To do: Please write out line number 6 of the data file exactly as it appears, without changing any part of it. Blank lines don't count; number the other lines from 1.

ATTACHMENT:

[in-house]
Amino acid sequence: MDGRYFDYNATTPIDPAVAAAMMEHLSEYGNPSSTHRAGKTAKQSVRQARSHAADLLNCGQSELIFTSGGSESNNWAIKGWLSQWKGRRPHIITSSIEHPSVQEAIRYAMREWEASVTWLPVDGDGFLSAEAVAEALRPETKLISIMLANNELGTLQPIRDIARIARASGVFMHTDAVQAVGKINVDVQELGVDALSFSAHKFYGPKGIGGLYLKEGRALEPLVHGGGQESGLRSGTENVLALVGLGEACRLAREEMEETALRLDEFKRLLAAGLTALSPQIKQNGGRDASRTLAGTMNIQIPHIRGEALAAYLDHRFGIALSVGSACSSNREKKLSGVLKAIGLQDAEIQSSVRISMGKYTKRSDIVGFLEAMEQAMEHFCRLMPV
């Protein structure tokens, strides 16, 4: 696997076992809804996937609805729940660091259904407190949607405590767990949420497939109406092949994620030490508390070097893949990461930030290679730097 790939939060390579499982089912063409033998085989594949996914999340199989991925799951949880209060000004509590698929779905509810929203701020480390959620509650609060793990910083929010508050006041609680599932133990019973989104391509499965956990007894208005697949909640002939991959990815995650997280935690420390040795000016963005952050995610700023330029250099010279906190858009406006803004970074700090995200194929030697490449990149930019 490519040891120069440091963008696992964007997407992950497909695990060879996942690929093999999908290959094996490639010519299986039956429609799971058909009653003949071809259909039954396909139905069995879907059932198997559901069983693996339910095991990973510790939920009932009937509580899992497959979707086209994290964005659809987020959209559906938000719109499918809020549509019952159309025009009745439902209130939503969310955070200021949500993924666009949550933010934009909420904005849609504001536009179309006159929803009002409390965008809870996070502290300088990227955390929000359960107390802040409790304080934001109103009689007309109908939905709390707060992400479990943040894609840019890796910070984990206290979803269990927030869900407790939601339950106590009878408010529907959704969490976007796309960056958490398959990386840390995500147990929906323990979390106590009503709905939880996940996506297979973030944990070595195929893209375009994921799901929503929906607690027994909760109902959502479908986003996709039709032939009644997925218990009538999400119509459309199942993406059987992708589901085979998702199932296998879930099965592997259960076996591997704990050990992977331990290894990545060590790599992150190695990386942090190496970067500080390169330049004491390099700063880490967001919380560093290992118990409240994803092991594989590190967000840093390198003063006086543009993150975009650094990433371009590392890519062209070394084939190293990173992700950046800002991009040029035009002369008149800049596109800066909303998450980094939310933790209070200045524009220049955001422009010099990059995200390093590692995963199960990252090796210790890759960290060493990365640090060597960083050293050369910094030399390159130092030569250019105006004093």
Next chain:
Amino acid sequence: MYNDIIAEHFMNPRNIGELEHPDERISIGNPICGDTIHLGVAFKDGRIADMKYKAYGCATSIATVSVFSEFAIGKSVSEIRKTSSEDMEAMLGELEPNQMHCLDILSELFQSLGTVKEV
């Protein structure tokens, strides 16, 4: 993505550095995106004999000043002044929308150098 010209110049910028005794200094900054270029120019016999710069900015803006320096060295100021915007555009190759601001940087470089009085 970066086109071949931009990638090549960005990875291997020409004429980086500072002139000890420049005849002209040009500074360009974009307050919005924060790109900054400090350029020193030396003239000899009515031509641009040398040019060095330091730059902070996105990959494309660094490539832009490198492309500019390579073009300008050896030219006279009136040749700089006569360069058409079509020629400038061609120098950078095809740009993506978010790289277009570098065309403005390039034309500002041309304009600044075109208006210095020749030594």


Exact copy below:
């Protein structure tokens, strides 16, 4: 993505550095995106004999000043002044929308150098 010209110049910028005794200094900054270029120019016999710069900015803006320096060295100021915007555009190759601001940087470089009085 970066086109071949931009990638090549960005990875291997020409004429980086500072002139000890420049005849002209040009500074360009974009307050919005924060790109900054400090350029020193030396003239000899009515031509641009040398040019060095330091730059902070996105990959494309660094490539832009490198492309500019390579073009300008050896030219006279009136040749700089006569360069058409079509020629400038061609120098950078095809740009993506978010790289277009570098065309403005390039034309500002041309304009600044075109208006210095020749030594």